BACK in the summer of 2019, Anglesey hosted the 2019 Inter Island Games Football Tournament – which saw the Ynys Môn Men’s side win gold for the first time since the 90’s and the Women’s team claim an impressive silver medal finish also.
However, it was also special due to the fact that it brought a range of different people from a diverse backgrounds to our wonderful island for a week-long footballing event.
Among them were the likes of Guernsey, Hitra and Jersey. But perhaps the most interesting journey of all to the tournament came courtesy of St Helena.
Back in 2011, the remote island outpost, where Napoleon Bonaparte was exiled, had hoped to compete in the Island Games, but couldn’t crowdfund enough cash to make the voyage.
But fast forward eight years, and having raised the funds they needed, St Helena were able to achieve their dream of playing the Inter Island Games Football Tournament which just so happened to be on Ynys Môn.
The final squad of 20 players, along with their coaches, other staff members and a good number of supporters, made a 4,780 mile trip around the world to North Wales.
It was St Helena’s first ever international outing of the island’s football team – as they have not yet been able to get FIFA membership (because the island is not a member of the Confederation of African Football or recognised as an independent country by the United Nations).
Once they arrived on Anglesey, it may not have been the tournament St Helena would have hoped for, but nevertheless its an experience which will no doubt stay with all involved with the team for the rest of their lives.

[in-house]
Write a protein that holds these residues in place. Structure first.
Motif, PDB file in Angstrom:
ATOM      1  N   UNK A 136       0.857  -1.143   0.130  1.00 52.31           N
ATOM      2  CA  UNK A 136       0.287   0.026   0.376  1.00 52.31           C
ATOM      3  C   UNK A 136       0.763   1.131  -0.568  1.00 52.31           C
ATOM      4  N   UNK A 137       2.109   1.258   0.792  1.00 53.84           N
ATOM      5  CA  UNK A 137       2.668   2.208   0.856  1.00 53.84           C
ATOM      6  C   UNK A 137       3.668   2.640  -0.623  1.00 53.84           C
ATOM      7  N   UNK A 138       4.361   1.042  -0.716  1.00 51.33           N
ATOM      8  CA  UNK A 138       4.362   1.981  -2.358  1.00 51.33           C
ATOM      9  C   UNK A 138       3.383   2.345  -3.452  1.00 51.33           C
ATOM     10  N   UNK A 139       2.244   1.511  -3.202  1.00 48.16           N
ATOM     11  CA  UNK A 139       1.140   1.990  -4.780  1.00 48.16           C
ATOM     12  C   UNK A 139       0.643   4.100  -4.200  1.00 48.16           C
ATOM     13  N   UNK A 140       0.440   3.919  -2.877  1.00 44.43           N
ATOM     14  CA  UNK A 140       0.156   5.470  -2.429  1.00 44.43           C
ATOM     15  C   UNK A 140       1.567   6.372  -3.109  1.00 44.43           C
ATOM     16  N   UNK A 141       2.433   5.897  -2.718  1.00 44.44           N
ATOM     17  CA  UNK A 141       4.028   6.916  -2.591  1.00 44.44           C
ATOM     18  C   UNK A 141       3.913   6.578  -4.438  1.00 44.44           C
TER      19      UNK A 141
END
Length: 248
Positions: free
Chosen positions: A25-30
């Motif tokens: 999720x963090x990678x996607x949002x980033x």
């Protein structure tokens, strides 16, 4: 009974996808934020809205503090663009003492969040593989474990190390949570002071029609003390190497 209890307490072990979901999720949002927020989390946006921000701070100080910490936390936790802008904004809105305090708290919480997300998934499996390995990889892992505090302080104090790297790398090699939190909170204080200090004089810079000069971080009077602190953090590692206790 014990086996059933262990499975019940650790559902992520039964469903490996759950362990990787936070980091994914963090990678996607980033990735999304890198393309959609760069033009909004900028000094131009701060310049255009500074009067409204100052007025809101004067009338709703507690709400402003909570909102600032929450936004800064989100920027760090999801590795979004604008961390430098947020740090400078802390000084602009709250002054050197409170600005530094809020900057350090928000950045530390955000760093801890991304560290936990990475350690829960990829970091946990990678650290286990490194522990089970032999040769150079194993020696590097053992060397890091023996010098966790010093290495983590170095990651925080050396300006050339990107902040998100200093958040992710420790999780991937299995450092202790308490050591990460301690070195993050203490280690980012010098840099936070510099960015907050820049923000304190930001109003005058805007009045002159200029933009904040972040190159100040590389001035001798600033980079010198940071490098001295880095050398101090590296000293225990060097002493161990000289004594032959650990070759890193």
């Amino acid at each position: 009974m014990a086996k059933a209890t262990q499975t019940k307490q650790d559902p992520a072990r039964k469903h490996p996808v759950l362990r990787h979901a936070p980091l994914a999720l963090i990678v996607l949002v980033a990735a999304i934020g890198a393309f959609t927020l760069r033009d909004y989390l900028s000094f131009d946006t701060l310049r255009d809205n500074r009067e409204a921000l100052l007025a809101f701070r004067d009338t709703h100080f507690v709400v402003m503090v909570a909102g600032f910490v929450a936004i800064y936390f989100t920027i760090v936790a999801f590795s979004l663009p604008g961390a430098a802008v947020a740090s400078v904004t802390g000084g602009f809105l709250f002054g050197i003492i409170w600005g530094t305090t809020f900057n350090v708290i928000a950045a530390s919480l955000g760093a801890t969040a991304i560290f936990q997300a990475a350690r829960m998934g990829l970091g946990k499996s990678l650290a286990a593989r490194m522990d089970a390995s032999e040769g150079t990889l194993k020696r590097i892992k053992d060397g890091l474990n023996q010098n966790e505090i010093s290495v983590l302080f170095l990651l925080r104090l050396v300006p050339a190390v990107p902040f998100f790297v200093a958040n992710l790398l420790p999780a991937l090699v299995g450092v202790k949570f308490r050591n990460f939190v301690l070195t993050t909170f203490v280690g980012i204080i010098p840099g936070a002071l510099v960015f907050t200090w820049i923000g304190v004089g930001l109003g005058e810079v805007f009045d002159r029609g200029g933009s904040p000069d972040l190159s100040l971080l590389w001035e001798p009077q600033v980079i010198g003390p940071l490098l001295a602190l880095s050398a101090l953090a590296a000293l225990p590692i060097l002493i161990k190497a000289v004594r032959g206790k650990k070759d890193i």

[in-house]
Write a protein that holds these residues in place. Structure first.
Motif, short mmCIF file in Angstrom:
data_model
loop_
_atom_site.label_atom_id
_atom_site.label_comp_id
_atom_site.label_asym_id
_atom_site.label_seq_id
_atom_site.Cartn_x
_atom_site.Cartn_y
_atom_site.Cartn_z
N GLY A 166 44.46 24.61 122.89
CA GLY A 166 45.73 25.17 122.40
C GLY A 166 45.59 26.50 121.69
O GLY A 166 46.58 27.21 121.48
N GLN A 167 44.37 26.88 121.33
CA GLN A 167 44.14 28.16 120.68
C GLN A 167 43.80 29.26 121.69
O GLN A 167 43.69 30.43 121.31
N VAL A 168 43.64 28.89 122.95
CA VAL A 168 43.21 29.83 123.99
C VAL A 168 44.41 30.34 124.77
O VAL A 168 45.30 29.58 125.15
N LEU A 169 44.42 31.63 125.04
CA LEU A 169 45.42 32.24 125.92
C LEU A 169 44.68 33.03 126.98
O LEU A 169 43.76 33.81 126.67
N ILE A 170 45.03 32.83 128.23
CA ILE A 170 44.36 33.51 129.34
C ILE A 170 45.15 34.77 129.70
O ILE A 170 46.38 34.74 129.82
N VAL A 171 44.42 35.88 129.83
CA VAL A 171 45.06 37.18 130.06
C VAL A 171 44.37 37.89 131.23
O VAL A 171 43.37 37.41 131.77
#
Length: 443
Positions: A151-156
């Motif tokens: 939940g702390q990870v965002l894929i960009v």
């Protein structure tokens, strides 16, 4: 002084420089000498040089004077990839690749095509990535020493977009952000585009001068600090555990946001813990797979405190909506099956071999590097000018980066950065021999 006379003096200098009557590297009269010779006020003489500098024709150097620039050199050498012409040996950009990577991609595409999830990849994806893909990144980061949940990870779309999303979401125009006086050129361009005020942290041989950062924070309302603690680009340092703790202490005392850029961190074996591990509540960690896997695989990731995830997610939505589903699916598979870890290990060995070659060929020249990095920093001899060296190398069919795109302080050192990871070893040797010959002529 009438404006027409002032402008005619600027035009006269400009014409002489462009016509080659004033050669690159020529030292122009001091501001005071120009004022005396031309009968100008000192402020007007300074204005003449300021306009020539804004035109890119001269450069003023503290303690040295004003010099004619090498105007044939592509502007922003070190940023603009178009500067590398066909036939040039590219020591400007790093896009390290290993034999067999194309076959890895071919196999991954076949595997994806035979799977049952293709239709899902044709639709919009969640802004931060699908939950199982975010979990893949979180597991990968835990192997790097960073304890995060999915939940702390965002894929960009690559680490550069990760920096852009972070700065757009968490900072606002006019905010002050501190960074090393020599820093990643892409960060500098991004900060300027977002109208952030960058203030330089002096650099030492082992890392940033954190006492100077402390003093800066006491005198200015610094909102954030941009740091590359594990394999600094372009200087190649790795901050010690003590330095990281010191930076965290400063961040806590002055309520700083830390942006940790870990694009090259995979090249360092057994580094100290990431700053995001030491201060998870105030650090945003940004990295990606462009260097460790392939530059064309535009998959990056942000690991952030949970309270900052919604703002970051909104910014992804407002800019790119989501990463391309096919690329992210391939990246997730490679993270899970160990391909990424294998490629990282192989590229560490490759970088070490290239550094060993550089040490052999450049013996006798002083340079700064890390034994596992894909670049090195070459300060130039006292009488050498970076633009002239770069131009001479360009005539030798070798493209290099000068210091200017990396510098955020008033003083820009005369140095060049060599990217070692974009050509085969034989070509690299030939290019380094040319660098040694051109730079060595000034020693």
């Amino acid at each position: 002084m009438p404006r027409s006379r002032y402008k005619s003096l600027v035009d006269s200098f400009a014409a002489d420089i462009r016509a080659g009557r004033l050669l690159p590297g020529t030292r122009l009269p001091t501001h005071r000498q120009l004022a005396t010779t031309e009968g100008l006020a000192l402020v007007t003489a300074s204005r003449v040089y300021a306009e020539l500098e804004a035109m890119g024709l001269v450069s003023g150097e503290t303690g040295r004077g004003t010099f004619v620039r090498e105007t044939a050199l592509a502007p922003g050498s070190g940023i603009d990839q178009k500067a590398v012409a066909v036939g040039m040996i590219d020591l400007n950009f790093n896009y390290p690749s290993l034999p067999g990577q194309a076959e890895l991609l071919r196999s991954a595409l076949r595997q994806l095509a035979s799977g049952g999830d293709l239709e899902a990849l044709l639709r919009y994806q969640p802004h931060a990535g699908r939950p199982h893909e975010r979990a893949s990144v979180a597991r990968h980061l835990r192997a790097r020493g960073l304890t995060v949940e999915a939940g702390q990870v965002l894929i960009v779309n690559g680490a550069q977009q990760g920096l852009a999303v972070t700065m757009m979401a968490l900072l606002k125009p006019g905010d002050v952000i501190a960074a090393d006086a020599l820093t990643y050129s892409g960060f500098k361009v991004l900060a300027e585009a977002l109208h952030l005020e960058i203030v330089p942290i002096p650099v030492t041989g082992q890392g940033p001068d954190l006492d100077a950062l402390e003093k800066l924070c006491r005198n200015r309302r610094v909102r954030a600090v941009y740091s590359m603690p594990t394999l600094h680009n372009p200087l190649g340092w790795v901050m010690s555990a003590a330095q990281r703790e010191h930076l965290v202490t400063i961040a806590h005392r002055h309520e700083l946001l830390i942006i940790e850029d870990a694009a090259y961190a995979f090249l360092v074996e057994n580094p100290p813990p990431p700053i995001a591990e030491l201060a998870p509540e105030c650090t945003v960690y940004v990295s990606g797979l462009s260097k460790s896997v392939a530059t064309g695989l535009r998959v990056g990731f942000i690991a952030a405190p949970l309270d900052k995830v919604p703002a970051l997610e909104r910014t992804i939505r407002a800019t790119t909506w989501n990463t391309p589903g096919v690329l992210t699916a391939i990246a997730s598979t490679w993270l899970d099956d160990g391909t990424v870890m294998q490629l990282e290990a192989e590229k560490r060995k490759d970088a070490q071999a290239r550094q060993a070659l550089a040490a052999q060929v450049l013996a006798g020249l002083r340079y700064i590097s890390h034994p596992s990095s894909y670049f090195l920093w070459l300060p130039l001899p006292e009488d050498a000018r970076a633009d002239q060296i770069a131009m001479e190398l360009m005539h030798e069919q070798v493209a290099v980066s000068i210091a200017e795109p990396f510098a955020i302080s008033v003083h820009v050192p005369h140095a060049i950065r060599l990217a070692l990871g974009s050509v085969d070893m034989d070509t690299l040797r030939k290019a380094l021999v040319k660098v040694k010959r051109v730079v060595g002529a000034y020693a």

Their fans provided plenty of noise and players donned their smart yellow and green tracksuits to provide the colour at the tournament. Despite losing every game they played, the Helenian’s never stopped smiling and even turned up to support the Môn team in the final!
Many of them had followed the tournament through AFEFootballNews that summer and still follow the blog to this day (if you’re reading this and you’re one of those people – thanks for the support then and now!).
Back in the summer of 2019, I spoke to St Helena captain Rico Benjamin (below), who also scored during his visit, about his experience at the tournament and he told me Anglesey was a place which reminded of home nearly 5,000 miles away.
He said: “Anglesey is a lot like St Helena as it’s beside the sea and the local people are so friendly, they were always saying hello and waving at us as we went by.
“It was an amazing feeling to score an international goal for my country. Despite losing all our games, I really enjoyed the experience and will always remember it.”
Rico, 25 years old at the time of the tournament, lives in Jamestown on St Helena. When I spoke to him, he added that he hoped St Helena’s visit to Anglesey could inspire future generations of footballers from the island to do the same.
He said: “I think it will encourage more youngsters to play football on the island because now they have something to work towards.
“There’s a chance to play for the island team and that will cause a lot more people can train to train harder because now they see we can send a team across the world.”
A journey of a lifetime and a wonderful story associated with our island. Let’s hope we can welcome St Helena back some day!